India defended its policy and decision to ban wheat exports on Thursday, saying that the importance of justice, affordability, and accessibility of food grains must be appreciated.
MEA spokesperson Arindam Bagchi told the media, “India has always been supportive and helped its partners in distress even during Covid-19. These measures on wheat exports should be seen from that context,”
On May 13, the government announced some measures regulating wheat export, according to MEA spokesman. He further stated that these procedures allow export on the basis of licenses to those countries that needed to satisfy their food security demands, and this strategy will ensure that we actually respond to those in need.
V Muraleedharan, Minister of State for External Affairs, stated his anxiousness about global food insecurity while speaking at a high-level Ministerial Conference on ‘Global Food Security-Call to Action’ in New York on Wednesday (May 18).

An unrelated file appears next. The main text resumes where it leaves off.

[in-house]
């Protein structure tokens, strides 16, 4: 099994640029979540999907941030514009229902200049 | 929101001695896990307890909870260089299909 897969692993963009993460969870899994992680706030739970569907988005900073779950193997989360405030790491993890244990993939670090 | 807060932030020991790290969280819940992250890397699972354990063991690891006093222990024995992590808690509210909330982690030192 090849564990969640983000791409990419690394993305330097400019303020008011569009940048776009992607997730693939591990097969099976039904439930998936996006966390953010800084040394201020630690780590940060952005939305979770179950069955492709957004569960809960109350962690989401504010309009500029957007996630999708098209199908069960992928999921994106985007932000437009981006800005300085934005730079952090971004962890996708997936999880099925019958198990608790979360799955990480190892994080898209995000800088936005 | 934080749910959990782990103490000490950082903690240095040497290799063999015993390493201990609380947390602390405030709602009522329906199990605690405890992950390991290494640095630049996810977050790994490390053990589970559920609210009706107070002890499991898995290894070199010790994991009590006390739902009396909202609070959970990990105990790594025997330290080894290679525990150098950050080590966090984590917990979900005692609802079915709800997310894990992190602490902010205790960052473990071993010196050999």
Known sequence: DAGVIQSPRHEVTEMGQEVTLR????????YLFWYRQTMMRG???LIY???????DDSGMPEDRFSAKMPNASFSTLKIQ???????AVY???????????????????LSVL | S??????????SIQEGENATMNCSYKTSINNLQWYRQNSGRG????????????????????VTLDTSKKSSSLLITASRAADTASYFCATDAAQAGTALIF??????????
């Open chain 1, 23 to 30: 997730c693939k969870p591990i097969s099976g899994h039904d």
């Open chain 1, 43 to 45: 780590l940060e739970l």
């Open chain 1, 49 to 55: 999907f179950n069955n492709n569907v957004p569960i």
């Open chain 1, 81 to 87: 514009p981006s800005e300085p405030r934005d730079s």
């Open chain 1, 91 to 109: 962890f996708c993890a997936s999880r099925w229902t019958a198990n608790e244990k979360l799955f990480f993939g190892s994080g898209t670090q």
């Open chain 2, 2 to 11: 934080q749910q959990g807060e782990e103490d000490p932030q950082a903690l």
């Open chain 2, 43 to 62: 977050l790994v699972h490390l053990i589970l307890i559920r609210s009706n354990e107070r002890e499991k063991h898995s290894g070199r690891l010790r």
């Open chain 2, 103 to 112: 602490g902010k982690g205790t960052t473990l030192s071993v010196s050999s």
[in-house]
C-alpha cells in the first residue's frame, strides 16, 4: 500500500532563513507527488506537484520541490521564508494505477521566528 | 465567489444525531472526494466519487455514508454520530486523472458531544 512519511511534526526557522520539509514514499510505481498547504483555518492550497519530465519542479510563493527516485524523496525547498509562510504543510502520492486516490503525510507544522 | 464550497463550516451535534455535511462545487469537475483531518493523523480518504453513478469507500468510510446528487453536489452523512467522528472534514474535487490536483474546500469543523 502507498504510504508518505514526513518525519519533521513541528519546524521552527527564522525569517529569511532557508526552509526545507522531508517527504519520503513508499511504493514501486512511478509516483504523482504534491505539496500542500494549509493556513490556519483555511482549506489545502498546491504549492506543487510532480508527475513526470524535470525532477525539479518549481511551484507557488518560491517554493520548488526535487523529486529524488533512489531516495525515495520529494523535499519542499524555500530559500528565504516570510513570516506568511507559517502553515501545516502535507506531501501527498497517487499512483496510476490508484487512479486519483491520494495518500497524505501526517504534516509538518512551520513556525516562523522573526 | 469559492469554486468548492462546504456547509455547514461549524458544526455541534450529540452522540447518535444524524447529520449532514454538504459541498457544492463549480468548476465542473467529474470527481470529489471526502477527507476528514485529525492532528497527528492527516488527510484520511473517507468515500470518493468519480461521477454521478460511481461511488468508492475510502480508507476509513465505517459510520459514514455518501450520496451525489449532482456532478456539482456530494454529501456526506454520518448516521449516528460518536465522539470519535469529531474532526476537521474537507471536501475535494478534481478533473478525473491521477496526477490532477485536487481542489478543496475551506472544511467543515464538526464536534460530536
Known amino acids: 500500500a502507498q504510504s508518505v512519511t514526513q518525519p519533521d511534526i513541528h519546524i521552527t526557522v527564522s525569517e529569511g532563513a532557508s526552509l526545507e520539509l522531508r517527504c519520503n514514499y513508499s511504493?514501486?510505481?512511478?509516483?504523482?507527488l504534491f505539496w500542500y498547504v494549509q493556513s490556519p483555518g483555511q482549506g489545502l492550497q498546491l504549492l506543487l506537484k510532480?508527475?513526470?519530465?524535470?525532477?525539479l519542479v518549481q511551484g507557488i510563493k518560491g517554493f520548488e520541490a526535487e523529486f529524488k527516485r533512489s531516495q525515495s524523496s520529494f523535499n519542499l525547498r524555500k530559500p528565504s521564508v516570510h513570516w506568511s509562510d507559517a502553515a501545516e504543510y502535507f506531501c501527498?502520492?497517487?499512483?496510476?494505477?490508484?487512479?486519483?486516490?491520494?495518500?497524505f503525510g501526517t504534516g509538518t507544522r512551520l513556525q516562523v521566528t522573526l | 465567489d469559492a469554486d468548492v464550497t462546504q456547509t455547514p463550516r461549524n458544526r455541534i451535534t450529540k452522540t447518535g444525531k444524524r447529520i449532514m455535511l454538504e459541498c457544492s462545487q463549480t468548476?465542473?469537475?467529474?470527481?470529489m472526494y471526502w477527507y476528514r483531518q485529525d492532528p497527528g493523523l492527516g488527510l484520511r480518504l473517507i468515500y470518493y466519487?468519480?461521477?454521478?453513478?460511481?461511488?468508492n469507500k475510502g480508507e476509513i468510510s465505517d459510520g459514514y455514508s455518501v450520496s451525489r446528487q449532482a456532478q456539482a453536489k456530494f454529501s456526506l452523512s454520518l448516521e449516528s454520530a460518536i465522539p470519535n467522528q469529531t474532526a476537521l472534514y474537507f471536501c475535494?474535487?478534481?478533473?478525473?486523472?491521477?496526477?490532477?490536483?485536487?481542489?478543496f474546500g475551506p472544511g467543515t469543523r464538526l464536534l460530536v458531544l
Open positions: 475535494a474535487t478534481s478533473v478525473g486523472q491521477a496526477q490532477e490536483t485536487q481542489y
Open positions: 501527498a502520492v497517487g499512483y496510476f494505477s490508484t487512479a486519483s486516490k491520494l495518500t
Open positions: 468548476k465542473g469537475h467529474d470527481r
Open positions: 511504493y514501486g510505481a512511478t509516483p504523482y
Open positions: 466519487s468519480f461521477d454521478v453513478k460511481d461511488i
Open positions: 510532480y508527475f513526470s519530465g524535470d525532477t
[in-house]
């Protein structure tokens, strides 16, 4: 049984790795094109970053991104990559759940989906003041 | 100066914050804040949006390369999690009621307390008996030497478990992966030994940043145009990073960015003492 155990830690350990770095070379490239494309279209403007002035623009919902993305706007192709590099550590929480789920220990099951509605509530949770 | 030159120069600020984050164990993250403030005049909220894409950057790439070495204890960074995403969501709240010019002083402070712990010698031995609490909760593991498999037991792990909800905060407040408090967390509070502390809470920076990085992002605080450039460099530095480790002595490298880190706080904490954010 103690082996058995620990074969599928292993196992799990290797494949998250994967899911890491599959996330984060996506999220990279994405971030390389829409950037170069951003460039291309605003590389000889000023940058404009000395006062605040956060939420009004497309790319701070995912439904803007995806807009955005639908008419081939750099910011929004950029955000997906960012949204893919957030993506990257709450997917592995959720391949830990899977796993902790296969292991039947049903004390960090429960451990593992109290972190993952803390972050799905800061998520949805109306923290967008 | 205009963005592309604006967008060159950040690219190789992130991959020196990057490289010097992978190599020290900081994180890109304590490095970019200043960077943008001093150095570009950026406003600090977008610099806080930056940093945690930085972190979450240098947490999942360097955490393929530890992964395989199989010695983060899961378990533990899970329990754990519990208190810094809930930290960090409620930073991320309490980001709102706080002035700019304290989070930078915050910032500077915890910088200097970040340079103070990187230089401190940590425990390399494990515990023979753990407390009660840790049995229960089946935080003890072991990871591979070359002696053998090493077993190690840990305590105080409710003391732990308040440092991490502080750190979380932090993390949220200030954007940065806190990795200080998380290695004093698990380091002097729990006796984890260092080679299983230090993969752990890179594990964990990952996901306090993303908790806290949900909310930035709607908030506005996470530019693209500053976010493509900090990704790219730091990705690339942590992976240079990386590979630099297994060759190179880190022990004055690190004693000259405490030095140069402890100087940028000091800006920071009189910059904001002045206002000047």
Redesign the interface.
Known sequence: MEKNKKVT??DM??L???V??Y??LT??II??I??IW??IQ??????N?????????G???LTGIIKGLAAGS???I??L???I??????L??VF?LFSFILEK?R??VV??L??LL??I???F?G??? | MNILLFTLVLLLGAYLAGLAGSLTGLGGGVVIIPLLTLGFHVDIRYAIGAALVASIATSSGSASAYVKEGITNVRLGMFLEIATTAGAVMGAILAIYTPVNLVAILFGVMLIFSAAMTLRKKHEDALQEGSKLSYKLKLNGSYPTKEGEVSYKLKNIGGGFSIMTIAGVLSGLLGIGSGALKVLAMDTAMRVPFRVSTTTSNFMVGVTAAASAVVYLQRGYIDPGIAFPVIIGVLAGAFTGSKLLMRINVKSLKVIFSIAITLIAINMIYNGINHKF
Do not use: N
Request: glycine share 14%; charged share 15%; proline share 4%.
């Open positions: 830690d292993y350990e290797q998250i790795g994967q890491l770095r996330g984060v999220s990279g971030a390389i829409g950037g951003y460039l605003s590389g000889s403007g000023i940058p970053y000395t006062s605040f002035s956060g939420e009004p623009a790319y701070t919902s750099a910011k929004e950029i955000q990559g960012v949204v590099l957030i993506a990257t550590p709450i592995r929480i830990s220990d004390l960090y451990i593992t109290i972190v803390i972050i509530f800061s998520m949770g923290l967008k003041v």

Muralidharan has stated that several low-income societies are currently dealing with increased costs as well as limited availability of food grains. Even countries with abundant resources, such as India, have seen unjustified increases in food prices. Clearly, storage and speculation are at work.
With limited exceptions, India, the world’s second-largest wheat producer, has barred exports of the grain, potentially exacerbating a global shortfall worsened by the Ukraine conflict and aggravating an already bleak projection for worldwide food.
The Indian government immediately restricted wheat exports, with few exceptions, due to a price increase that challenged India’s food security. Limited exports were permitted later at the request of individual governments whose food supplies were in jeopardy.
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